Innin, Nin-ana, Queen of Heaven, Lady of Myriad Offices, Nin-kur-ra-igi-ga; “the queen who eyes the highland”
Family & Other Connections
Inanna was a Sumerian goddess.
Inanna’s parents were Anu or Nanna and Ningal. She was sister to Utu, Ishkur and Ereshkigal. She had a personal servant named Ninshubur and was consort – though not wife – to Dumuzi.
Information & Stories
Inanna appears in several myth stories and fragments, the most famous of which is Inanna’s descent into the underworld. In this story Inanna decides she will visit the underworld, ostensibly to attend the funeral rites of Ereshkigal’s husband. She dresses herself up in finery including jewels, mascara and a lapis lazuli measuring rod. These items are said to represent powerful mes (documents or tablets that granted power over all aspects of civilisation) that Inanna possessed.
Inanna instructed her servant Ninshubur to go to the gods Enlil, Nanna and Enki and plead for them to save her if anything were to go amiss. She then began her descent into the underworld; a place which those who enter can never leave again.
To reach Ereshkigal, Inanna must pass through seven gates, and at each one the gatekeeper demands she must remove one item of clothing or jewellery thus leaving her naked and powerless when she finally comes face to face with her sister. Nonetheless she makes Ereshkigal get up, and sits on the throne herself. Then the Anna, the seven judges, give their decision against her;
“They looked at her — it was the look of death. They spoke to her — it was the speech of anger. They shouted at her — it was the shout of heavy guilt. The afflicted woman was turned into a corpse. And the corpse was hung on a hook.”
After three days had passed and Inanna had not returned, Ninshubur did as instructed and demanded the gods save her. Enlil and Nanna refuse, saying that it was Inanna’s own fault, but Enki is sympathetic and fashions two figures named Gala-Tura and Kur-Jara using dirt from beneath the gods’ fingernails. He sends these to appease Ereshkigal and ask for Inanna’s body, which they are then to sprinkle with the food and water of life.
The figures go down into the underworld and find Ereshkigal suffering agonising pain. She offers to give them anything at all in exchange for relief, but they ask only for Inanna’s body. Once Inanna is revived Ereshkigal sends demons out of the underworld with her, saying that she is not free until someone has taken her place in the underworld.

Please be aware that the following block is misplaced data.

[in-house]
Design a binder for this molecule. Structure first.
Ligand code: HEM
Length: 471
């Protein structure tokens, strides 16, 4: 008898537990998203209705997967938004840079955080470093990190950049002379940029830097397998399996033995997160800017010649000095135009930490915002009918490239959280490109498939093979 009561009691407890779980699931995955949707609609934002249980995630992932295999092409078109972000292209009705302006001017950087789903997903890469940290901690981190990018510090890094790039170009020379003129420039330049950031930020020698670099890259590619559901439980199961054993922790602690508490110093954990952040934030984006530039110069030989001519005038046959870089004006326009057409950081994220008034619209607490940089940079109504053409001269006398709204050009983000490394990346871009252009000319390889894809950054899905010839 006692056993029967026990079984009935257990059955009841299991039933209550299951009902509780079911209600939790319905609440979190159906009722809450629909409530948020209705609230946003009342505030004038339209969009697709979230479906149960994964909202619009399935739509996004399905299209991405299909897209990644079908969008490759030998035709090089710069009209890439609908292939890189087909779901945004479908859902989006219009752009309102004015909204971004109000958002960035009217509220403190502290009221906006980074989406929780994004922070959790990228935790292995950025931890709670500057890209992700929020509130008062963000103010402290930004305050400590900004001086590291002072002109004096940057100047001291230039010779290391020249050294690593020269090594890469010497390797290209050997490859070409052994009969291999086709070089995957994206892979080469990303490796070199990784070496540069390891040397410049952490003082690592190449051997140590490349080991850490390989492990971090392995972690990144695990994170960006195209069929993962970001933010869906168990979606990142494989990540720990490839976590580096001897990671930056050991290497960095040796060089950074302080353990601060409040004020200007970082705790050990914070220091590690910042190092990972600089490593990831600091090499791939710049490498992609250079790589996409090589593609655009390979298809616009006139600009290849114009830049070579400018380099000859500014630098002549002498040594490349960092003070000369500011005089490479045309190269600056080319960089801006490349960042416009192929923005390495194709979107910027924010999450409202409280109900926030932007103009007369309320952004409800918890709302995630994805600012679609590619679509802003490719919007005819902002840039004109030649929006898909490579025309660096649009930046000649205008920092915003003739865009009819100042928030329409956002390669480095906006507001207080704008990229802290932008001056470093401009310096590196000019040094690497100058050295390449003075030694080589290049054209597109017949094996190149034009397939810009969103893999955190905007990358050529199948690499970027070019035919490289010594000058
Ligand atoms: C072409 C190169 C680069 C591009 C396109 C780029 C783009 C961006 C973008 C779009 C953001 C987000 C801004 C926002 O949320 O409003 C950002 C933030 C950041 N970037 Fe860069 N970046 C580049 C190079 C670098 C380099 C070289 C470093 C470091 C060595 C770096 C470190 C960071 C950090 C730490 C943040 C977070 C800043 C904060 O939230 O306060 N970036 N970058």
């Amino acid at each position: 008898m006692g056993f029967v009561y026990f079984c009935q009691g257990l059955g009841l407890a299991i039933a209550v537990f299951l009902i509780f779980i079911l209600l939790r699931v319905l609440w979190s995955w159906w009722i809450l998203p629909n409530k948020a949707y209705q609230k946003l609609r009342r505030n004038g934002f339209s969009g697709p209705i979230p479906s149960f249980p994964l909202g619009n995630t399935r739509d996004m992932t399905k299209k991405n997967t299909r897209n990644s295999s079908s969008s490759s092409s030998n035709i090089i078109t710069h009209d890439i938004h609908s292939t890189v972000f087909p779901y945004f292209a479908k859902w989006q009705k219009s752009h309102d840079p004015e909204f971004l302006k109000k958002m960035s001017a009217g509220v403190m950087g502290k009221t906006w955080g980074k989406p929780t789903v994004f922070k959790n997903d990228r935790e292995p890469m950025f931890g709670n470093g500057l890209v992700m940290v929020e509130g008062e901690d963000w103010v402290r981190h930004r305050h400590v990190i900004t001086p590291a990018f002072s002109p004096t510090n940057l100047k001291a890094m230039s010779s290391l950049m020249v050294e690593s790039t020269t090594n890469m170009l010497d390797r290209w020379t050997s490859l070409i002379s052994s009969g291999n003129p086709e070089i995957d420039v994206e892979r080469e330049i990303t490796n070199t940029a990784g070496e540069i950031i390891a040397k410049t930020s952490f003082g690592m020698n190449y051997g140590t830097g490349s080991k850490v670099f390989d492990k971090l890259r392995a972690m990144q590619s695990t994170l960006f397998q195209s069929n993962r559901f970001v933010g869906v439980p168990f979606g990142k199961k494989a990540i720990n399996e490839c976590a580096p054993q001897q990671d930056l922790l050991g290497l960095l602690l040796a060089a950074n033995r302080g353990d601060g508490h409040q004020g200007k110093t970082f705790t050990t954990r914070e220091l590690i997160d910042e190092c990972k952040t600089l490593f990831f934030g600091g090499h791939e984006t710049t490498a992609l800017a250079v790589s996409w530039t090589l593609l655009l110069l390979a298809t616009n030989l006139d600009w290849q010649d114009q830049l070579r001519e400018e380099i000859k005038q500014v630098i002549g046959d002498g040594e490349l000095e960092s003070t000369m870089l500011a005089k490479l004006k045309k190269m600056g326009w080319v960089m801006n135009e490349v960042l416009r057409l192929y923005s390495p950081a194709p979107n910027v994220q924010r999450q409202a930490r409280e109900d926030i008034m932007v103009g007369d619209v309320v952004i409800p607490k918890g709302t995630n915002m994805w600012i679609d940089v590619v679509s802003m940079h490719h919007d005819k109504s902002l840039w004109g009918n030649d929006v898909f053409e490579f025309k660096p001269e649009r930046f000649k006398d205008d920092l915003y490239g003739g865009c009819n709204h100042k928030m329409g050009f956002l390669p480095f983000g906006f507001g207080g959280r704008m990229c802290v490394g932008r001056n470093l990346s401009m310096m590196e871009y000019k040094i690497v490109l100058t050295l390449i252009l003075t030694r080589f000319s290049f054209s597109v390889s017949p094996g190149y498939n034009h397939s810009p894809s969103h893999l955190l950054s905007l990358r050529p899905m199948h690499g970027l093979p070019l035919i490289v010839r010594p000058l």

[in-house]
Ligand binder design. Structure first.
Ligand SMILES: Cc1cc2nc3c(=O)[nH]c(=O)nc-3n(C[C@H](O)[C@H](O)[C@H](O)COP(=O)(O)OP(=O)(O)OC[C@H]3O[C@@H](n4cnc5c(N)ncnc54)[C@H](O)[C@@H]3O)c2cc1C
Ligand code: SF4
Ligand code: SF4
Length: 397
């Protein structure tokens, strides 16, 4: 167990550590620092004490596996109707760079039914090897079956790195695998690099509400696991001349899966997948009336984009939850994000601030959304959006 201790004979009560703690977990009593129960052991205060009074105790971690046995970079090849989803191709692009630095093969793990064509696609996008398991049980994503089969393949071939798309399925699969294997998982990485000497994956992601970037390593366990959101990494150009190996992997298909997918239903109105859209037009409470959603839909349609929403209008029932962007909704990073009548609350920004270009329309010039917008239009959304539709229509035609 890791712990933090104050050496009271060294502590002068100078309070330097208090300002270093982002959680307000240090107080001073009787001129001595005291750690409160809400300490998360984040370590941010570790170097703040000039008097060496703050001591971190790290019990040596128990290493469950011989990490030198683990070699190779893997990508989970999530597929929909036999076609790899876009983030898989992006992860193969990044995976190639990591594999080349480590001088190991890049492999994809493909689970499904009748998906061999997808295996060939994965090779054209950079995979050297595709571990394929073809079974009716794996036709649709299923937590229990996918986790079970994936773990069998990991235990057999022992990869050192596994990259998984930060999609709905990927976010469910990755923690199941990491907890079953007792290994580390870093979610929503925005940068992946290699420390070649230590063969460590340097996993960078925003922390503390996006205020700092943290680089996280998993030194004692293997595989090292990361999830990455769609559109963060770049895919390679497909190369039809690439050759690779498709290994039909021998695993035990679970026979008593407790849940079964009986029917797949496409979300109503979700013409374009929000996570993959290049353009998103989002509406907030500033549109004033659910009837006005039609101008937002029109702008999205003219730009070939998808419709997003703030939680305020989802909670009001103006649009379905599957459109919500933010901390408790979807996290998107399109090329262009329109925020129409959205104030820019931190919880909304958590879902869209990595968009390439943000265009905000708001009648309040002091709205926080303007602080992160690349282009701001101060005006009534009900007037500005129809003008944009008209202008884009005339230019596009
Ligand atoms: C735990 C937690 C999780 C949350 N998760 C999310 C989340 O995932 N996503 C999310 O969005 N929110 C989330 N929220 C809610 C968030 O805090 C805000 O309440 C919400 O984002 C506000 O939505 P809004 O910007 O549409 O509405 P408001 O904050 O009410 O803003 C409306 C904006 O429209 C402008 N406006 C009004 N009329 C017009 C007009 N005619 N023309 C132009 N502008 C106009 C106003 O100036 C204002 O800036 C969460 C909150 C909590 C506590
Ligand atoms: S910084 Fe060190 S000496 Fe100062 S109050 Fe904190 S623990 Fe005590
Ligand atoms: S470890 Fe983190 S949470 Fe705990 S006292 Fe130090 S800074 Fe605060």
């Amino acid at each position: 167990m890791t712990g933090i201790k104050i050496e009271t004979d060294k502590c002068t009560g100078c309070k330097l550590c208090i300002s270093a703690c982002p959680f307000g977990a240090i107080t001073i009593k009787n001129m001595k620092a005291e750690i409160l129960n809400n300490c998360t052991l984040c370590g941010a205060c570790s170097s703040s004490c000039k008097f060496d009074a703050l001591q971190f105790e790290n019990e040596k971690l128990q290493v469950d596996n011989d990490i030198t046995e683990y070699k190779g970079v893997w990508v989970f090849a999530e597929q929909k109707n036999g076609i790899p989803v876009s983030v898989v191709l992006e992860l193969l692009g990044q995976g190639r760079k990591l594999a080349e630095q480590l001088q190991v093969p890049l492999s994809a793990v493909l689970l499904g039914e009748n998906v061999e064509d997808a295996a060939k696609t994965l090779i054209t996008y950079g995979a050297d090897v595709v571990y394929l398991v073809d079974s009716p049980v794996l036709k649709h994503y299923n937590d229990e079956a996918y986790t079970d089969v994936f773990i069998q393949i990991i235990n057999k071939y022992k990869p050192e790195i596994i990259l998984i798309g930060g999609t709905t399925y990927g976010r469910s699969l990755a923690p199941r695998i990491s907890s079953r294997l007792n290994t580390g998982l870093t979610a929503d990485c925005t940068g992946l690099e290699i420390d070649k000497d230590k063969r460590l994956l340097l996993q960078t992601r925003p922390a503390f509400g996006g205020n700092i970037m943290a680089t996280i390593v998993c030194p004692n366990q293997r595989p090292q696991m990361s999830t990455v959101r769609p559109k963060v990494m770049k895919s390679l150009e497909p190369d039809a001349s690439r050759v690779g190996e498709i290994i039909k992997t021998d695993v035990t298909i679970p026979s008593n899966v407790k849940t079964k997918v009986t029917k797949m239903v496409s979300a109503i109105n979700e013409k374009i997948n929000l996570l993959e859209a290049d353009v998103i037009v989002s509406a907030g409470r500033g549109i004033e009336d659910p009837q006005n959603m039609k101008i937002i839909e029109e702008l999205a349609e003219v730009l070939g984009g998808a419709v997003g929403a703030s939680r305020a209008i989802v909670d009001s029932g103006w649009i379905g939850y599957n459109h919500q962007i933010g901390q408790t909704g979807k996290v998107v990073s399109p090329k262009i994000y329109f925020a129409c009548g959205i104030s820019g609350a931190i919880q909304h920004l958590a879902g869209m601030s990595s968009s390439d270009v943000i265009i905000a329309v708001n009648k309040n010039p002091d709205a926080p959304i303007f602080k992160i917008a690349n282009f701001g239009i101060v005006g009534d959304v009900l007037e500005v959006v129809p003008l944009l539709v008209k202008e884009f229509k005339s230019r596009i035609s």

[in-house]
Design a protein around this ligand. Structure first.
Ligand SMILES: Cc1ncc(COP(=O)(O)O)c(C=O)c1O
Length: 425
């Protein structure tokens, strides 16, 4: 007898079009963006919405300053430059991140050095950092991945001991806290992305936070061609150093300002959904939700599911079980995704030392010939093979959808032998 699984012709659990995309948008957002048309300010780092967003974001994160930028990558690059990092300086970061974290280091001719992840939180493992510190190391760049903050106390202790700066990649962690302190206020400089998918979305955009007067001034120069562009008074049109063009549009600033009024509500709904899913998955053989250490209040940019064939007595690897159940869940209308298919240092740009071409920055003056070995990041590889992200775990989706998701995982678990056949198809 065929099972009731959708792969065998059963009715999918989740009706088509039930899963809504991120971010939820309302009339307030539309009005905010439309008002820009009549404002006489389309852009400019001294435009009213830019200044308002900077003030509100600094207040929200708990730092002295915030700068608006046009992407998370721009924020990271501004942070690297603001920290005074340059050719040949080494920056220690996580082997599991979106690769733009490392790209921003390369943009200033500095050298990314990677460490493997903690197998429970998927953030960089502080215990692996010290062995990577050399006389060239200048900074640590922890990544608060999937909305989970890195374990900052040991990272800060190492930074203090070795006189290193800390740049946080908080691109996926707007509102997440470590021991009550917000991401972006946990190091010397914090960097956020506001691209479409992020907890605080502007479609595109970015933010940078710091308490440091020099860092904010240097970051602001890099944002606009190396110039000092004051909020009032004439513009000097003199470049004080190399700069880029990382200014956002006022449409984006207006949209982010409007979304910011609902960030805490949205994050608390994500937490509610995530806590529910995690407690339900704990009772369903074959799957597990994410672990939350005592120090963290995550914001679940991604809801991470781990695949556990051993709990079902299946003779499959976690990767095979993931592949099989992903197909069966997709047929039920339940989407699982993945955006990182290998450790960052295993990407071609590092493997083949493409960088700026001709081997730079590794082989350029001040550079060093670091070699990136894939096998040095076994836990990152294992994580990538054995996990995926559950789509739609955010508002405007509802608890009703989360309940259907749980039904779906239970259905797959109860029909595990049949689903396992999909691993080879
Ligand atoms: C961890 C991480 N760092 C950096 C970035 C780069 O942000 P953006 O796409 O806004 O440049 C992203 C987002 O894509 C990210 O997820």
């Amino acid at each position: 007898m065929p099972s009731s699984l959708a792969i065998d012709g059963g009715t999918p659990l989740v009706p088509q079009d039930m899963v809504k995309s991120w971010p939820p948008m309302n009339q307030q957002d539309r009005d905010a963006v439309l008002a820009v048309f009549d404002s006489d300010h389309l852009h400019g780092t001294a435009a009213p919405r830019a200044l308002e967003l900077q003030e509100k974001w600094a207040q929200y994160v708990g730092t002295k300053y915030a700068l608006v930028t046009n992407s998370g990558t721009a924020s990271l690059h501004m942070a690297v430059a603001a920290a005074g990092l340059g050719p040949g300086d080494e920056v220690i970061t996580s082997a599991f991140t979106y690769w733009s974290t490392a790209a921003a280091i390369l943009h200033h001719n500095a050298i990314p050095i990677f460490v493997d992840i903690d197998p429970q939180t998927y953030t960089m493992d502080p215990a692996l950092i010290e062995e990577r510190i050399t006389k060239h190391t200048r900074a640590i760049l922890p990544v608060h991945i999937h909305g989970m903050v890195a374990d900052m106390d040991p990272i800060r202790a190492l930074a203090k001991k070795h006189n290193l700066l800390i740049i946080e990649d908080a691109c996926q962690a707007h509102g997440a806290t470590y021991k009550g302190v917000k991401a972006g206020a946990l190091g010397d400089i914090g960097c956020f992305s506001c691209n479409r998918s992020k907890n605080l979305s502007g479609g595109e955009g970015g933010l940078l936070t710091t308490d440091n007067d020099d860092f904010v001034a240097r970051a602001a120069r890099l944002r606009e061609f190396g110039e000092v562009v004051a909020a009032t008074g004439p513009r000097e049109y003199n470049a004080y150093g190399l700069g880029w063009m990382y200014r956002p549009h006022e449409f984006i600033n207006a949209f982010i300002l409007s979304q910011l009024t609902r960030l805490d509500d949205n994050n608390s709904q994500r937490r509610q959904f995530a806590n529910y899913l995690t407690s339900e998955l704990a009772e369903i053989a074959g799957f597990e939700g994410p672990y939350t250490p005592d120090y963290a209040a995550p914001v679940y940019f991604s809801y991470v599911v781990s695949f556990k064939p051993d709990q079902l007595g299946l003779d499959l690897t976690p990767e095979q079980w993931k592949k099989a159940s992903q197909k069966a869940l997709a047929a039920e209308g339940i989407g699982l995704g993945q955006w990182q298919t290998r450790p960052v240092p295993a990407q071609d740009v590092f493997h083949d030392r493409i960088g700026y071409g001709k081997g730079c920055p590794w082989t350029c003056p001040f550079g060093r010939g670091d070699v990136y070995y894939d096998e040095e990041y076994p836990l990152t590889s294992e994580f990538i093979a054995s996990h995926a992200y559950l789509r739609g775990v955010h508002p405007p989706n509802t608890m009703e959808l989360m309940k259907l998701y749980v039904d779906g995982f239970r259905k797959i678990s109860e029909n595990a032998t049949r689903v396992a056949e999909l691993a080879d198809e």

The first person Inanna and the demons encounter is Ninshubur, but Inanna sees that her servant obeyed her well and has been mourning her, and forbids the demons from taking her. Next they come to Cara and Lulal, but they have also both been mourning Inanna and so she says the demons cannot take them either. Finally they find Dumuzi, Inanna’s consort. Despite Inanna having been in the underworld, Dumuzi has not been mourning her but is instead dressed in fine clothing and lounging beneath a tree. Inanna becomes enraged and condems him to take her place in the underworld.
In some versions of the story Dumuzi tries to escape his fate, receiving help from the gods in an effort to hide or disguise himself. Eventually he is found, but his sister begs for mercy and offers to take his place. An agreement is reached whereby Dumuzi spends six months a year in the underworld each year, but trades places with his sister for the other six. In typically unpredictable fashion, Inanna mourns for Dumzi when he is in the underworld each winter and at this time of the year her powers of fertility wane until he is released.
Inanna was the goddess of love, or perhaps lust; it was not marriage that was sacred to her, but illicit affairs and sexual adventure. Inanna is also associated with mating and fertility, but she is not a ‘mother’ goddess. She was also the goddess of war, stirring chaos and confusion amongst the enemy. She was also associated with rain and storms, which can be compared to the tempest of a battle.
Inanna was also known as the Lady of Myriad Offices, and was seen as a mediator who could calm – and enflame – passions;
To pester, insult, deride, desecrate- and to venerate- is your domain, Inanna.
Downheartedness, calamity, heartache- and joy and good cheer-is your domain, Inanna.
Trembling, affright, terror- dazzling and glory- is your domain, Inanna.
Inanna was a hugely important figure in Mesopotamia, and there has been discovered evidence for her worship dating back to the Uruk period, at 4000 to 3100 BCE. Her primary temple of worship was Eanna (“House of Heaven”) at Uruk, although there were shrines and temples sacred to her all along the Tigris and Euphrates rivers.
Sacred prostitutes, feminine men and even aesexual and hermaphroditic people would have been particularly involved in the ritual practises and worship of Inanna at her temples.
As a Goddess of both love and war, Inanna was quite a complicated character, thought to be erratic in her movements. It is interesting to compare this to Venus – the morning and evening star which Inanna was associated with. Of all the heavenly bodies that could be observed at the time Inanna’s worship was widespread, Venus alone makes similarly erratic, confusing movements across the sky. Some myths featuring Inanna can be seen to describe through her actions the movements made by Venus across the sky.
Battle was sometimes known as the “dance of Inanna”.
Inanna is unusual in being a strong and independant female figure in an otherwise patriarchal pantheon.
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